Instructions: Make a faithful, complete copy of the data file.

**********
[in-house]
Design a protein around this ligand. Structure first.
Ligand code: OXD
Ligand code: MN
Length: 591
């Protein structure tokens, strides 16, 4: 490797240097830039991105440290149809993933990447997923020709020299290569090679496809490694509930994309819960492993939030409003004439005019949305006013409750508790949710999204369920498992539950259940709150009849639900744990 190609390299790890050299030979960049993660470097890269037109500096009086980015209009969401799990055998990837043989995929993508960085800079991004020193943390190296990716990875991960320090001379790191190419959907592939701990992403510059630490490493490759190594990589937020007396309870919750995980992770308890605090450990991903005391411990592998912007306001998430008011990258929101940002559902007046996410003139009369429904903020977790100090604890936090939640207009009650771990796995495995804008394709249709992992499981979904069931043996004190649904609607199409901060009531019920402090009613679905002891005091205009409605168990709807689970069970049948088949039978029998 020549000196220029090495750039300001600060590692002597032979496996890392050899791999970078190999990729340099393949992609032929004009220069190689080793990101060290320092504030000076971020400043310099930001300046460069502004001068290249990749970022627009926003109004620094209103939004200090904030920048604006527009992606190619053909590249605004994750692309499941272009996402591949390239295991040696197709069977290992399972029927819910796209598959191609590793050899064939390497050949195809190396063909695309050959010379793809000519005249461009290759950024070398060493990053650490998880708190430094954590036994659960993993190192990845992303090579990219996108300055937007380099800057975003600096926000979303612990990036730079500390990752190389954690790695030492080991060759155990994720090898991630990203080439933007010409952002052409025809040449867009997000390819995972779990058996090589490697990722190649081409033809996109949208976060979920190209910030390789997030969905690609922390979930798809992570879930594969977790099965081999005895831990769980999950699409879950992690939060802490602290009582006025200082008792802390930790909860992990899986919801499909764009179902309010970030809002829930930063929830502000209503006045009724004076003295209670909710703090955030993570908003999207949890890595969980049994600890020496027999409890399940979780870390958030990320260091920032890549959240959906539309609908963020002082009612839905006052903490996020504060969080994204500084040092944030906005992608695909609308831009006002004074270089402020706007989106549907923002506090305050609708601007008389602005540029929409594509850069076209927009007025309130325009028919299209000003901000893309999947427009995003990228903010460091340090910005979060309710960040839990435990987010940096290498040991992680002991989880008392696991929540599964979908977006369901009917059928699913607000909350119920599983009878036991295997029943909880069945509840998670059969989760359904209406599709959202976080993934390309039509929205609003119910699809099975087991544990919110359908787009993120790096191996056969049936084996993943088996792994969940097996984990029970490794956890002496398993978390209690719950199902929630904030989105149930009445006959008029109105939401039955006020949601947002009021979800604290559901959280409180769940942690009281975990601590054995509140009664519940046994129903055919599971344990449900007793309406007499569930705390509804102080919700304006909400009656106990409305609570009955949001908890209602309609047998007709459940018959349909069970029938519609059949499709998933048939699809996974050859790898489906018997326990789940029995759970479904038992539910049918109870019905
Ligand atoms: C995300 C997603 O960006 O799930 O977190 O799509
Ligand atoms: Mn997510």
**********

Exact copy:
[in-house]
Design a protein around this ligand. Structure first.
Ligand code: OXD
Ligand code: MN
Length: 591
């Protein structure tokens, strides 16, 4: 490797240097830039991105440290149809993933990447997923020709020299290569090679496809490694509930994309819960492993939030409003004439005019949305006013409750508790949710999204369920498992539950259940709150009849639900744990 190609390299790890050299030979960049993660470097890269037109500096009086980015209009969401799990055998990837043989995929993508960085800079991004020193943390190296990716990875991960320090001379790191190419959907592939701990992403510059630490490493490759190594990589937020007396309870919750995980992770308890605090450990991903005391411990592998912007306001998430008011990258929101940002559902007046996410003139009369429904903020977790100090604890936090939640207009009650771990796995495995804008394709249709992992499981979904069931043996004190649904609607199409901060009531019920402090009613679905002891005091205009409605168990709807689970069970049948088949039978029998 020549000196220029090495750039300001600060590692002597032979496996890392050899791999970078190999990729340099393949992609032929004009220069190689080793990101060290320092504030000076971020400043310099930001300046460069502004001068290249990749970022627009926003109004620094209103939004200090904030920048604006527009992606190619053909590249605004994750692309499941272009996402591949390239295991040696197709069977290992399972029927819910796209598959191609590793050899064939390497050949195809190396063909695309050959010379793809000519005249461009290759950024070398060493990053650490998880708190430094954590036994659960993993190192990845992303090579990219996108300055937007380099800057975003600096926000979303612990990036730079500390990752190389954690790695030492080991060759155990994720090898991630990203080439933007010409952002052409025809040449867009997000390819995972779990058996090589490697990722190649081409033809996109949208976060979920190209910030390789997030969905690609922390979930798809992570879930594969977790099965081999005895831990769980999950699409879950992690939060802490602290009582006025200082008792802390930790909860992990899986919801499909764009179902309010970030809002829930930063929830502000209503006045009724004076003295209670909710703090955030993570908003999207949890890595969980049994600890020496027999409890399940979780870390958030990320260091920032890549959240959906539309609908963020002082009612839905006052903490996020504060969080994204500084040092944030906005992608695909609308831009006002004074270089402020706007989106549907923002506090305050609708601007008389602005540029929409594509850069076209927009007025309130325009028919299209000003901000893309999947427009995003990228903010460091340090910005979060309710960040839990435990987010940096290498040991992680002991989880008392696991929540599964979908977006369901009917059928699913607000909350119920599983009878036991295997029943909880069945509840998670059969989760359904209406599709959202976080993934390309039509929205609003119910699809099975087991544990919110359908787009993120790096191996056969049936084996993943088996792994969940097996984990029970490794956890002496398993978390209690719950199902929630904030989105149930009445006959008029109105939401039955006020949601947002009021979800604290559901959280409180769940942690009281975990601590054995509140009664519940046994129903055919599971344990449900007793309406007499569930705390509804102080919700304006909400009656106990409305609570009955949001908890209602309609047998007709459940018959349909069970029938519609059949499709998933048939699809996974050859790898489906018997326990789940029995759970479904038992539910049918109870019905
Ligand atoms: C995300 C997603 O960006 O799930 O977190 O799509
Ligand atoms: Mn997510």